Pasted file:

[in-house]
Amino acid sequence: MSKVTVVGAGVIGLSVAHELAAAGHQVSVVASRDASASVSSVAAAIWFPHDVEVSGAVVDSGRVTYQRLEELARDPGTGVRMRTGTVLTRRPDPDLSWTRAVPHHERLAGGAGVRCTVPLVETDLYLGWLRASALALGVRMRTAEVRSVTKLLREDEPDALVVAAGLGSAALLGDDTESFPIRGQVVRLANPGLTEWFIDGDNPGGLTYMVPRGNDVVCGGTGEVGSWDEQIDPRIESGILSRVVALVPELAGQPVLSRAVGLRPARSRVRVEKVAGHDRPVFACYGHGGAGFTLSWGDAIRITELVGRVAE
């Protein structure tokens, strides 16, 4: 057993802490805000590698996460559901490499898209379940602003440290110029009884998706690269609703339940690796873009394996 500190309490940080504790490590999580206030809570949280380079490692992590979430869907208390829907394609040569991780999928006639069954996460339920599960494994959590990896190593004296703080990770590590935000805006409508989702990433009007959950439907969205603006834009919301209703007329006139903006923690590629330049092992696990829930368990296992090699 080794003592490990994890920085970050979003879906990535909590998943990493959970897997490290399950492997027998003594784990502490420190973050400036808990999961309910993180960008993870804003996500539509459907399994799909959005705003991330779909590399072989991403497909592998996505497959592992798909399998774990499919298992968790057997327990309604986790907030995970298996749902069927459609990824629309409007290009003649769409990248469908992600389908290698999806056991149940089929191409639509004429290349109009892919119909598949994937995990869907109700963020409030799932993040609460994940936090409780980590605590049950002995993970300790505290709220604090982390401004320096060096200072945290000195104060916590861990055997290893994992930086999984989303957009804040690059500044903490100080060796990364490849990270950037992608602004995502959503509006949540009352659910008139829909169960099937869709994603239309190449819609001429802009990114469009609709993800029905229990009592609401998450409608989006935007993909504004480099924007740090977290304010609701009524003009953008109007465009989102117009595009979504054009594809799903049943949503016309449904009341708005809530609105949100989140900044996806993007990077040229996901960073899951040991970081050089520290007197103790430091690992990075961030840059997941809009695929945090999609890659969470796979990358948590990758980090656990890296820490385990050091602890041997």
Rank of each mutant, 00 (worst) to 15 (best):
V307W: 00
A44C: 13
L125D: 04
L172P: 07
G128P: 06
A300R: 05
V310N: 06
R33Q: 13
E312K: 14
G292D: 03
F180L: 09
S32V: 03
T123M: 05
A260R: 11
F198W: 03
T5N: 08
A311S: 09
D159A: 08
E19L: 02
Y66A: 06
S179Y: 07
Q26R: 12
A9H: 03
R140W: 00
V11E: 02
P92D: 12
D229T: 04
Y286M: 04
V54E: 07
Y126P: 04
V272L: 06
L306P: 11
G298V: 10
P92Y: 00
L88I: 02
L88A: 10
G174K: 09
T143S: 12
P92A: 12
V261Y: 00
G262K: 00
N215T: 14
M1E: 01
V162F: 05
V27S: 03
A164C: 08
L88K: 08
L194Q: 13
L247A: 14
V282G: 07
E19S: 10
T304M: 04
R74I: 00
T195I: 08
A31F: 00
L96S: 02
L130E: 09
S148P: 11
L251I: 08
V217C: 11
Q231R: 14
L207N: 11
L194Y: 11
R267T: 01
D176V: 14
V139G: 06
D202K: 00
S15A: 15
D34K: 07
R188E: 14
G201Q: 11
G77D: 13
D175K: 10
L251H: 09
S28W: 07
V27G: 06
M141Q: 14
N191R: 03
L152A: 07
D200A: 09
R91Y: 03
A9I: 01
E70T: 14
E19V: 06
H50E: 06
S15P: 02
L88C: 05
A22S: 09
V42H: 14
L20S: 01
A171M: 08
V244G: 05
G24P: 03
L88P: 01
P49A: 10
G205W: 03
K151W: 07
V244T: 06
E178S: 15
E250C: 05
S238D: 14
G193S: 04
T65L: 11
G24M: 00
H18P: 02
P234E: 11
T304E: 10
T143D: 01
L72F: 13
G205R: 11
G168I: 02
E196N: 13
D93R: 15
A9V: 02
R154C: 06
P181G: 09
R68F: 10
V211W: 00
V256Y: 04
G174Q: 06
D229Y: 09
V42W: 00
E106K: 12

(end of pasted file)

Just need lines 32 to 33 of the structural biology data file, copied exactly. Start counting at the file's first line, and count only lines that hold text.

Y286M: 04
V54E: 07